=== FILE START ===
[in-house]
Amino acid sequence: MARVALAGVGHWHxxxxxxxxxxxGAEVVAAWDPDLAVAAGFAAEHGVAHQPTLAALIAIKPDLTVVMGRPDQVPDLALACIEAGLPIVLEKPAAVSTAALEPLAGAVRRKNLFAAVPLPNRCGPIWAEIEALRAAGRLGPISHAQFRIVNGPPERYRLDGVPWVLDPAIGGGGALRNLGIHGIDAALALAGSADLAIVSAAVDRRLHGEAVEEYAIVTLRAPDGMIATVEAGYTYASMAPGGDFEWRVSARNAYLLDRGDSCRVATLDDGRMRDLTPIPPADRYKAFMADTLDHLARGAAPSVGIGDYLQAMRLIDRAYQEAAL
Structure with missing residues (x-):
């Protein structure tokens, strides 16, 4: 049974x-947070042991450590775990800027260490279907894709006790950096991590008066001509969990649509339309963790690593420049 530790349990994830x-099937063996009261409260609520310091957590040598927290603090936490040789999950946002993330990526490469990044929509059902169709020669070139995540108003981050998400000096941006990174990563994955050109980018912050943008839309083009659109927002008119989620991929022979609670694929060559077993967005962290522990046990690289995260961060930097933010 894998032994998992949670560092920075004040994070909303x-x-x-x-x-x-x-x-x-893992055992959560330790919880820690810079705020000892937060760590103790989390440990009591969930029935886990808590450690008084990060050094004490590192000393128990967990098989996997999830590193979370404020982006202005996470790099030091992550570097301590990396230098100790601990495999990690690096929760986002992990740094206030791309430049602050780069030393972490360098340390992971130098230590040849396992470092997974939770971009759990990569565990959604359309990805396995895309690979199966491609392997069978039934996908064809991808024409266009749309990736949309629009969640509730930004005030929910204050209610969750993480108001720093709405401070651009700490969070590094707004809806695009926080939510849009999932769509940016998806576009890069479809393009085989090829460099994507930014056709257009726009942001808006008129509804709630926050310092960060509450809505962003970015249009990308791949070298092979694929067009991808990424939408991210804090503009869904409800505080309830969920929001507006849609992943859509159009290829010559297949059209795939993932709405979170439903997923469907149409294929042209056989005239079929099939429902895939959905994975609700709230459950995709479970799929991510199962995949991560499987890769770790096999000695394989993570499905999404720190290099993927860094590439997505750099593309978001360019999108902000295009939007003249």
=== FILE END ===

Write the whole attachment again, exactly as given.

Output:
[in-house]
Amino acid sequence: MARVALAGVGHWHxxxxxxxxxxxGAEVVAAWDPDLAVAAGFAAEHGVAHQPTLAALIAIKPDLTVVMGRPDQVPDLALACIEAGLPIVLEKPAAVSTAALEPLAGAVRRKNLFAAVPLPNRCGPIWAEIEALRAAGRLGPISHAQFRIVNGPPERYRLDGVPWVLDPAIGGGGALRNLGIHGIDAALALAGSADLAIVSAAVDRRLHGEAVEEYAIVTLRAPDGMIATVEAGYTYASMAPGGDFEWRVSARNAYLLDRGDSCRVATLDDGRMRDLTPIPPADRYKAFMADTLDHLARGAAPSVGIGDYLQAMRLIDRAYQEAAL
Structure with missing residues (x-):
């Protein structure tokens, strides 16, 4: 049974x-947070042991450590775990800027260490279907894709006790950096991590008066001509969990649509339309963790690593420049 530790349990994830x-099937063996009261409260609520310091957590040598927290603090936490040789999950946002993330990526490469990044929509059902169709020669070139995540108003981050998400000096941006990174990563994955050109980018912050943008839309083009659109927002008119989620991929022979609670694929060559077993967005962290522990046990690289995260961060930097933010 894998032994998992949670560092920075004040994070909303x-x-x-x-x-x-x-x-x-893992055992959560330790919880820690810079705020000892937060760590103790989390440990009591969930029935886990808590450690008084990060050094004490590192000393128990967990098989996997999830590193979370404020982006202005996470790099030091992550570097301590990396230098100790601990495999990690690096929760986002992990740094206030791309430049602050780069030393972490360098340390992971130098230590040849396992470092997974939770971009759990990569565990959604359309990805396995895309690979199966491609392997069978039934996908064809991808024409266009749309990736949309629009969640509730930004005030929910204050209610969750993480108001720093709405401070651009700490969070590094707004809806695009926080939510849009999932769509940016998806576009890069479809393009085989090829460099994507930014056709257009726009942001808006008129509804709630926050310092960060509450809505962003970015249009990308791949070298092979694929067009991808990424939408991210804090503009869904409800505080309830969920929001507006849609992943859509159009290829010559297949059209795939993932709405979170439903997923469907149409294929042209056989005239079929099939429902895939959905994975609700709230459950995709479970799929991510199962995949991560499987890769770790096999000695394989993570499905999404720190290099993927860094590439997505750099593309978001360019999108902000295009939007003249």